Merge Social Welfare and Community Development Departments to ensure implementation of child protection policies

Participants at the Upper West Regional Child Protection Committee quarterly meeting in Wa have advocated the merger of the Departments of Social Welfare and Community Development under one Ministry to ensure effective implementation of child protection policies in the country.

They emphasized that even though the two Departments coordinate well at the district level to promote child protection, the same cannot be said at the regional and national levels since they operate under different Ministries.

The one-day meeting which covered the second and third quarters was organized by the Upper West Regional Coordinating Council with support from the Department of Children.

In attendance were representatives from government departments and agencies promoting child protection, UNICEF, religious groups and other stakeholders.

The meeting discussed the progress made by the region in addressing child abuse, teenage pregnancy, exploitation, violence and discrimination against children and the way forward.

The participants equally stressed the need for registration of every child at birth to improve the data base of the country and also facilitate easy access to the Ghana Card. It emphasized on the need to educate people, especially children in Upper West on security issues in view of threats of terrorism in the sub-region.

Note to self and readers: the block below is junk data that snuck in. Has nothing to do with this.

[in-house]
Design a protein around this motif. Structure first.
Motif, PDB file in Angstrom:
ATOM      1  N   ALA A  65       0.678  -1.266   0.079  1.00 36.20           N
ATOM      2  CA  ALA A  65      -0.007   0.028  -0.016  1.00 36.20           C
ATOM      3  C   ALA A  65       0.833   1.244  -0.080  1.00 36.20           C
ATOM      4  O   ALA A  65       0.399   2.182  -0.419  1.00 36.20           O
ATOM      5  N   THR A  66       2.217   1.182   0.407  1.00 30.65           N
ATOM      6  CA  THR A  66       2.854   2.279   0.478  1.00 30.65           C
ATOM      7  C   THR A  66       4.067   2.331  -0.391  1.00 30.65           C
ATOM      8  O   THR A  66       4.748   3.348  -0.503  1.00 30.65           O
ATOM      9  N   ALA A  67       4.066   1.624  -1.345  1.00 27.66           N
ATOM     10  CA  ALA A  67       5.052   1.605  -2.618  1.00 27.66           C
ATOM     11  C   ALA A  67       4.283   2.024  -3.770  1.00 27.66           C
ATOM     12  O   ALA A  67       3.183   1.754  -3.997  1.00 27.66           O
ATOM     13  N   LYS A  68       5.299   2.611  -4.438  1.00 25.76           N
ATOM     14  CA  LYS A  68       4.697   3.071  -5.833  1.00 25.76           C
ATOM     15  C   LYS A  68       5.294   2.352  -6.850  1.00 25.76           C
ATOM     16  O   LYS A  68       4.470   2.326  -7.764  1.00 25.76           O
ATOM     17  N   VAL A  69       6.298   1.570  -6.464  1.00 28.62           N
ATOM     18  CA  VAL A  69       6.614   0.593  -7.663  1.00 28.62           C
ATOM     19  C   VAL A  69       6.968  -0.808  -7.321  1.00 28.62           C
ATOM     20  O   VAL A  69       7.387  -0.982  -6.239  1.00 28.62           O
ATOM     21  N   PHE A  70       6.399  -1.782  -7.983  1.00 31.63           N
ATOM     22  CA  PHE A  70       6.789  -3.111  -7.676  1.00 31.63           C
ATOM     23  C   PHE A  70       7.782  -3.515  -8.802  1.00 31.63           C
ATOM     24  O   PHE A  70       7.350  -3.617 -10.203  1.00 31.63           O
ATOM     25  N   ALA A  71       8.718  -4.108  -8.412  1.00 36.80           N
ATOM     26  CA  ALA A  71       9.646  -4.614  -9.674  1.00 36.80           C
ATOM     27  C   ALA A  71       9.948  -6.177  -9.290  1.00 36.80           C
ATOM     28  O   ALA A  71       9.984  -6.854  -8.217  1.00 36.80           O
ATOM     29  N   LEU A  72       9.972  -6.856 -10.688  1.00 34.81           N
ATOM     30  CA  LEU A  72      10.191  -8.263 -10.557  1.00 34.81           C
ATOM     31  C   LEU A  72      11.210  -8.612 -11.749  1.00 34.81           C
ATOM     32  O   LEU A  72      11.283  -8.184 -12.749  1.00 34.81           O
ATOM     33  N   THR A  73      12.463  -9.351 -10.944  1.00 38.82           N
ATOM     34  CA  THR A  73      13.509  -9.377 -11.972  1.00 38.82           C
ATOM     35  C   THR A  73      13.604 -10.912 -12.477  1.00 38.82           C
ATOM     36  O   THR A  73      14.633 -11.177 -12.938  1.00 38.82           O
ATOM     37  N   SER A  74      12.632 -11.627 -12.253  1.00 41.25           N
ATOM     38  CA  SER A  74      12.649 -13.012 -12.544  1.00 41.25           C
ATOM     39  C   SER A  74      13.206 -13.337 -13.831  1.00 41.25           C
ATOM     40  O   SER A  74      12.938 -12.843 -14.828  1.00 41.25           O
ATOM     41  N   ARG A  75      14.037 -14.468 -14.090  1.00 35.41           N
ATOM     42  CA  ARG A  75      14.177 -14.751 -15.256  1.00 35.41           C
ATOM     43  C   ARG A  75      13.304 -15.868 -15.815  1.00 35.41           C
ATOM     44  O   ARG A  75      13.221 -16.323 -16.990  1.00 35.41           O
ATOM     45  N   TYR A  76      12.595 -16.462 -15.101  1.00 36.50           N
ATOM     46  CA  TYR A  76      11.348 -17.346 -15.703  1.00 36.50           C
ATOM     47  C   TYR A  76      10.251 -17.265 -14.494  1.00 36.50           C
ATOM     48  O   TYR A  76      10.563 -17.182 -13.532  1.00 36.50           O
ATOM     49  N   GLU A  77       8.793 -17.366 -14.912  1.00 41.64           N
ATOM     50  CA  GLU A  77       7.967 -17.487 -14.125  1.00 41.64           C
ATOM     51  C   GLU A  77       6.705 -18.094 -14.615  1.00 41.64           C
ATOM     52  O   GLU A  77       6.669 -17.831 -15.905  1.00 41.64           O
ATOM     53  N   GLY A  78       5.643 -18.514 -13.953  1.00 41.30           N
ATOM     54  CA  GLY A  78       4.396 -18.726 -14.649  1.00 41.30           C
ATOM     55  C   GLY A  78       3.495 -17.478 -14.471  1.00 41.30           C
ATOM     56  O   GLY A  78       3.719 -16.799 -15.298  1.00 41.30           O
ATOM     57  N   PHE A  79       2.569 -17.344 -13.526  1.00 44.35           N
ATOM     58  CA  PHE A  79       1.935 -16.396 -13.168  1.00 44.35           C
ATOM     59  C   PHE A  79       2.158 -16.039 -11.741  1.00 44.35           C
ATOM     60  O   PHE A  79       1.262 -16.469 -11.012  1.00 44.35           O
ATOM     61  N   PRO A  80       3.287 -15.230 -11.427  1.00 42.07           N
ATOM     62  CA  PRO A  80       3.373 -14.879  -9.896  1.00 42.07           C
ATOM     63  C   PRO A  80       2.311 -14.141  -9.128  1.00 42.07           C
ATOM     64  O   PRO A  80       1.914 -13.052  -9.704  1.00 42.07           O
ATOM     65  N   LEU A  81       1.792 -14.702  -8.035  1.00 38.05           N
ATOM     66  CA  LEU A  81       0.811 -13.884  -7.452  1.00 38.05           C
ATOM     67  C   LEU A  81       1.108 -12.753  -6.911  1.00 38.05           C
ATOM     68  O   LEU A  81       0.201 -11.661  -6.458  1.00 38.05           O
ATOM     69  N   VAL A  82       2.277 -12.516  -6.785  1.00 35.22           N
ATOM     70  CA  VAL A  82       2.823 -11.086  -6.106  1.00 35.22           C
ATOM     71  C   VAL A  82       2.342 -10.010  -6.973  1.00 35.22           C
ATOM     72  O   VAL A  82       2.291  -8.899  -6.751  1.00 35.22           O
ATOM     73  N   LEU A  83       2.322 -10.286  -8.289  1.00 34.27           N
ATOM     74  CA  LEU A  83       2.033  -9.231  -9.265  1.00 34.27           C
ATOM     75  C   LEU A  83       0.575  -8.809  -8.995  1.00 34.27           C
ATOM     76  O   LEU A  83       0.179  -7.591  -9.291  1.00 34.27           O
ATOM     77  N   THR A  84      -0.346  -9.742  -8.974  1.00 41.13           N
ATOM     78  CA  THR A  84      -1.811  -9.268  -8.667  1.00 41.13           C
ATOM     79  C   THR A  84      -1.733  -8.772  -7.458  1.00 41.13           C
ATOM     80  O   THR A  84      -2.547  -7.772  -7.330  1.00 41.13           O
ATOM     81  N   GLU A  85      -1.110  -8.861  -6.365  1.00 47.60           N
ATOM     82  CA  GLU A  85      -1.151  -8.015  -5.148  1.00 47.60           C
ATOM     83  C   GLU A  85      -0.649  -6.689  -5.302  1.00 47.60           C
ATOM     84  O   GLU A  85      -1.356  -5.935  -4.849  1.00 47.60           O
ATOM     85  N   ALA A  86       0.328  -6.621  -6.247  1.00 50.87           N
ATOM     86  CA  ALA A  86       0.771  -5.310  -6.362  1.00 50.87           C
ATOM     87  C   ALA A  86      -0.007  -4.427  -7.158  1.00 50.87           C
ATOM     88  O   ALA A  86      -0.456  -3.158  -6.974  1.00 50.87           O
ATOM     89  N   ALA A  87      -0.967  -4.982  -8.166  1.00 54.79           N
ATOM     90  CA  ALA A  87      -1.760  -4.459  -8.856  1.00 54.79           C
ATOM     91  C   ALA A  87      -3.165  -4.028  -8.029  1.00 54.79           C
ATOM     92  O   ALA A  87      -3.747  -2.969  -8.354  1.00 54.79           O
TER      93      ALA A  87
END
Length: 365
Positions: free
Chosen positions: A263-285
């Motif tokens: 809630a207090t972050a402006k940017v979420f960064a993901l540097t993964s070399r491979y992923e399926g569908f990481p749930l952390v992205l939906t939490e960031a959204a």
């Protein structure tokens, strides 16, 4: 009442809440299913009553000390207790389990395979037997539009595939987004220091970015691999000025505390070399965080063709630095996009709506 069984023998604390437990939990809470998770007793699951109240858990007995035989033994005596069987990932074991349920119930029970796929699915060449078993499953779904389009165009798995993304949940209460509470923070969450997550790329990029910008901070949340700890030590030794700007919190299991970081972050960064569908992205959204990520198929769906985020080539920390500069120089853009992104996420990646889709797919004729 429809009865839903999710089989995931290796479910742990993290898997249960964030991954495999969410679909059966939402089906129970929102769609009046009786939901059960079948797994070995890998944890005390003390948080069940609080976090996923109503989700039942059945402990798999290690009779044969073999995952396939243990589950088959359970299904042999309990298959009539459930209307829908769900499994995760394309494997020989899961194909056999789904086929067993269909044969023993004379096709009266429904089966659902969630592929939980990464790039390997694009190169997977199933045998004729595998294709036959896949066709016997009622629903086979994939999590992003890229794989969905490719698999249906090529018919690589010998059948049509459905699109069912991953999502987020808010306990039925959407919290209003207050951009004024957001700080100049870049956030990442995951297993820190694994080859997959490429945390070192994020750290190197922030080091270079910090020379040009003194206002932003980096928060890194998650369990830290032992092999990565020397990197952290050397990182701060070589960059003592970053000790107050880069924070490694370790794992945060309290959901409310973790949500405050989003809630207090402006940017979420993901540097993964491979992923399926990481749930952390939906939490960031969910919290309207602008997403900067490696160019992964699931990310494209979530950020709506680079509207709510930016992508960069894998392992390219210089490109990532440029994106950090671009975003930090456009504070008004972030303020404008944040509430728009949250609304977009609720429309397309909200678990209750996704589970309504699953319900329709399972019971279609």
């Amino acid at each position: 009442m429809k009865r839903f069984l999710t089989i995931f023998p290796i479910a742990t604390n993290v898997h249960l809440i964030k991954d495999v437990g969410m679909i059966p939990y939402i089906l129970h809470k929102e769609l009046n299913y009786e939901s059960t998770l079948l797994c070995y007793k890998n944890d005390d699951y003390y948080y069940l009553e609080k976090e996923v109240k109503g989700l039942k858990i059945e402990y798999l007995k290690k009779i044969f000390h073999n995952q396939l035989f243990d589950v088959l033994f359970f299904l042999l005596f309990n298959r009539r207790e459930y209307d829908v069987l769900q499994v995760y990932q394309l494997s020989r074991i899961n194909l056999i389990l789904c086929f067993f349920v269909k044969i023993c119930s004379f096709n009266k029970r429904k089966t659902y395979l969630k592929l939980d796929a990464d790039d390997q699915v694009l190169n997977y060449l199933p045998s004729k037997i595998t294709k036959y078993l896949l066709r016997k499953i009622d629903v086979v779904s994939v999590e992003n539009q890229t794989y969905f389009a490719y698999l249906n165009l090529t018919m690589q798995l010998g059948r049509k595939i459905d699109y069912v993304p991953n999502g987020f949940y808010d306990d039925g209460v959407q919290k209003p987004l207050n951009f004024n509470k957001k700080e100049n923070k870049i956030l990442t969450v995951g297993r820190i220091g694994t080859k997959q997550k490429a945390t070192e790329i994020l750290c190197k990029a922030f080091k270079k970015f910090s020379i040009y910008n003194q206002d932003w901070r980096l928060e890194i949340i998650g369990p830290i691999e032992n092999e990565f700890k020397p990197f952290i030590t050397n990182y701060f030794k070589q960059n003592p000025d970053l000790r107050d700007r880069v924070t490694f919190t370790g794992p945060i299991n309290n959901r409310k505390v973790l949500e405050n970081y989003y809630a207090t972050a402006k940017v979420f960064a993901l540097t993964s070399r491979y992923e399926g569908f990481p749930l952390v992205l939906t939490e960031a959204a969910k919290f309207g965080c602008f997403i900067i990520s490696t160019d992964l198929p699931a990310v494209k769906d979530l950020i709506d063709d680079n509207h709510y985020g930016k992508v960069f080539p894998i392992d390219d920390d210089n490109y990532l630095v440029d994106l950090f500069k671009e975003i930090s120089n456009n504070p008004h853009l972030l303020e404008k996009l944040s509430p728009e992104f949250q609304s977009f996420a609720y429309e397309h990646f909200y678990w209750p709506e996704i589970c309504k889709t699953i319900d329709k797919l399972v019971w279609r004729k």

The participants further emphasized on the provision of adequate funds towards child protection programmes.

They however urged the implementers of such programmes to submit their reports on progress made in time to help address the inherent challenges.

A Child Protection Specialist at the UNICEF Country Office in Ghana, Emmanuel Nyarko-Tetteh announced that child protection issues have been integrated into the curricular of Midwifery and Nursing Training Colleges across the country to equip the trainees.

He reiterated that it was about time health professionals addressed the psycho-social and other needs of children brought to the health facilities.

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